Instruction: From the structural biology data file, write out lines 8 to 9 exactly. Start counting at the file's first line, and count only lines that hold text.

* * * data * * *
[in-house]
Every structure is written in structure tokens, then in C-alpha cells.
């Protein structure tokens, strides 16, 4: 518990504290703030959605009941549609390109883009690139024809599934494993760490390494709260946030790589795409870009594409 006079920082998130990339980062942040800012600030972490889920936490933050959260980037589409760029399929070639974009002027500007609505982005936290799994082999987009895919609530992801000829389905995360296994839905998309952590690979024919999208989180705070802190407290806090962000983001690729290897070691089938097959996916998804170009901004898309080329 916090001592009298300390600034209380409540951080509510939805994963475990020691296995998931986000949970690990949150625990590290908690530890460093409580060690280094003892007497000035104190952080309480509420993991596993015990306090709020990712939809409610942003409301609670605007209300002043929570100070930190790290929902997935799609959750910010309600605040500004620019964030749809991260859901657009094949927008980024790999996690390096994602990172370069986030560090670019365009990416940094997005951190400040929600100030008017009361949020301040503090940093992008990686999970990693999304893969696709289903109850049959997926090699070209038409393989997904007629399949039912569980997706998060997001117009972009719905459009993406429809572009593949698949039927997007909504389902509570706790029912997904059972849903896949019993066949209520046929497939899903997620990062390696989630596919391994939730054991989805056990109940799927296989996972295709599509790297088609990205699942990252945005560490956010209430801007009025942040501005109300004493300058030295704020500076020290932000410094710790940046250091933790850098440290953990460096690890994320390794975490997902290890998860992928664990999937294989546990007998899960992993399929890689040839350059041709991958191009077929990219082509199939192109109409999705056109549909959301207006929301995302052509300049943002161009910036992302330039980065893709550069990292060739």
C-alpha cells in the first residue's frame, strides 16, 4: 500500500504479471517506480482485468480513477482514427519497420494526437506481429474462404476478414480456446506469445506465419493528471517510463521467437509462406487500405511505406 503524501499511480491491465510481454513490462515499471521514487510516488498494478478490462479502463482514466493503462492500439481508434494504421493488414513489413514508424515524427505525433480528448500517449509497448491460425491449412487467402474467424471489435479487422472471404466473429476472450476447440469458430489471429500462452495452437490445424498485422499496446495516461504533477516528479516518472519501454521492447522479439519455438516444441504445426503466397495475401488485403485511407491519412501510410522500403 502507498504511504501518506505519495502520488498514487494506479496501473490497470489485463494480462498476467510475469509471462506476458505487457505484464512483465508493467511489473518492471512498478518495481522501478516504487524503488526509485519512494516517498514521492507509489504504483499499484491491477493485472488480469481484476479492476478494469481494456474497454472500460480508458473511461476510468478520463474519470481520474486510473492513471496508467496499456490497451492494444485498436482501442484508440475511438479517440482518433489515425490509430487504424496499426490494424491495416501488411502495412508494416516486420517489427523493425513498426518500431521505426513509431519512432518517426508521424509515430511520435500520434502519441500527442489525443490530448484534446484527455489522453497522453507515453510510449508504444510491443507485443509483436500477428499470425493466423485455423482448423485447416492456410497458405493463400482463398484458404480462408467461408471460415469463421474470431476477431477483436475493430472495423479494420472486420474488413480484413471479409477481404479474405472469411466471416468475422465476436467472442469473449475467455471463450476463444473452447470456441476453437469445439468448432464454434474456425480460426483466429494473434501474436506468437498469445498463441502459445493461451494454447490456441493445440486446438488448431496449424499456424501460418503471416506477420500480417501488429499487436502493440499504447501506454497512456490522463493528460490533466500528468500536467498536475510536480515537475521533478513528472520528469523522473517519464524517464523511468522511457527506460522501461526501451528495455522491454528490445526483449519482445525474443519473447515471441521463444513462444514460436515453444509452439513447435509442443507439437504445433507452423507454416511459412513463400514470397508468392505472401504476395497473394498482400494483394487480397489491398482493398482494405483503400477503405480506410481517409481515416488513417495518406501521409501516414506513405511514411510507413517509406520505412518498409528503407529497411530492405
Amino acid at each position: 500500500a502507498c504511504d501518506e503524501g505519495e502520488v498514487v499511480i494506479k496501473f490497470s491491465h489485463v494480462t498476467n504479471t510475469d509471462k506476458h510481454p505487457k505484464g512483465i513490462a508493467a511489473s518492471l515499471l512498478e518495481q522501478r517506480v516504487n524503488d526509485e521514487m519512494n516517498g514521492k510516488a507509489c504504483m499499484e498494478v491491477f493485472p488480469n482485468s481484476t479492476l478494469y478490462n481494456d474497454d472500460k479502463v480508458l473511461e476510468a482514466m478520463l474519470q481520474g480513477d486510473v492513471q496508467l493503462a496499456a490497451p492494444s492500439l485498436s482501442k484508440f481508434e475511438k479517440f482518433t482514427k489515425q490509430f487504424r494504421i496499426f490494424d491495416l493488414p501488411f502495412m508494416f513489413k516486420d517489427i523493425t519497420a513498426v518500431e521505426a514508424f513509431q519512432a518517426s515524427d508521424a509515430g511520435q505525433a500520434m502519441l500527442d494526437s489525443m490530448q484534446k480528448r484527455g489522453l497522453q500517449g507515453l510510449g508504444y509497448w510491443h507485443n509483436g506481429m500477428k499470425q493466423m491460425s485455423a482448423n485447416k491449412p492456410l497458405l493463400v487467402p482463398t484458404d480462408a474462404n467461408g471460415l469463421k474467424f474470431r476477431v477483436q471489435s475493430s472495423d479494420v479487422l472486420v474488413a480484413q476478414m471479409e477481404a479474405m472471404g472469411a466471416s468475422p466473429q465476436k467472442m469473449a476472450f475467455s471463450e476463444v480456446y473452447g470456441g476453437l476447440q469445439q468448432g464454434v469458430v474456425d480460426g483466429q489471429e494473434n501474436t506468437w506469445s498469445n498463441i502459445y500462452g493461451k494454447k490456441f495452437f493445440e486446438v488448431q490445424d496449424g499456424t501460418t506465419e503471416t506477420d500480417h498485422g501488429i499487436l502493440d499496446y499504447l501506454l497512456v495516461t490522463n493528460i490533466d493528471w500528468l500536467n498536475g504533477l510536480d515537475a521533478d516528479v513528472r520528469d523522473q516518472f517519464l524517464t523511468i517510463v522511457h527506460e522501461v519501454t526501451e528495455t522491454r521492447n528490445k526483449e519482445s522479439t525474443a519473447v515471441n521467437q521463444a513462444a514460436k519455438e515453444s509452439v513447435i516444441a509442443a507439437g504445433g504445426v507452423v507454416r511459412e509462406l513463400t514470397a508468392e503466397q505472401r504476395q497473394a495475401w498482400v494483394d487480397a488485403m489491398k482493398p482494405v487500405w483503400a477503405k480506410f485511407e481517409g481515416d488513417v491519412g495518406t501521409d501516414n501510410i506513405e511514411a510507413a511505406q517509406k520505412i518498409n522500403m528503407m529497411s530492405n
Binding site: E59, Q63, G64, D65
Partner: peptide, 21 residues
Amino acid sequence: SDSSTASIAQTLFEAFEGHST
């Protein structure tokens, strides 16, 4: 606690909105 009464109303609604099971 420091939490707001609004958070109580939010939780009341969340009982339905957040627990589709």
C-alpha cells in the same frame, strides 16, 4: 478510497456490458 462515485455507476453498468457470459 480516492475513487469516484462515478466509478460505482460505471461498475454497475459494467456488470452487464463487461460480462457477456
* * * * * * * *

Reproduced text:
Amino acid sequence: SDSSTASIAQTLFEAFEGHST
């Protein structure tokens, strides 16, 4: 606690909105 009464109303609604099971 420091939490707001609004958070109580939010939780009341969340009982339905957040627990589709």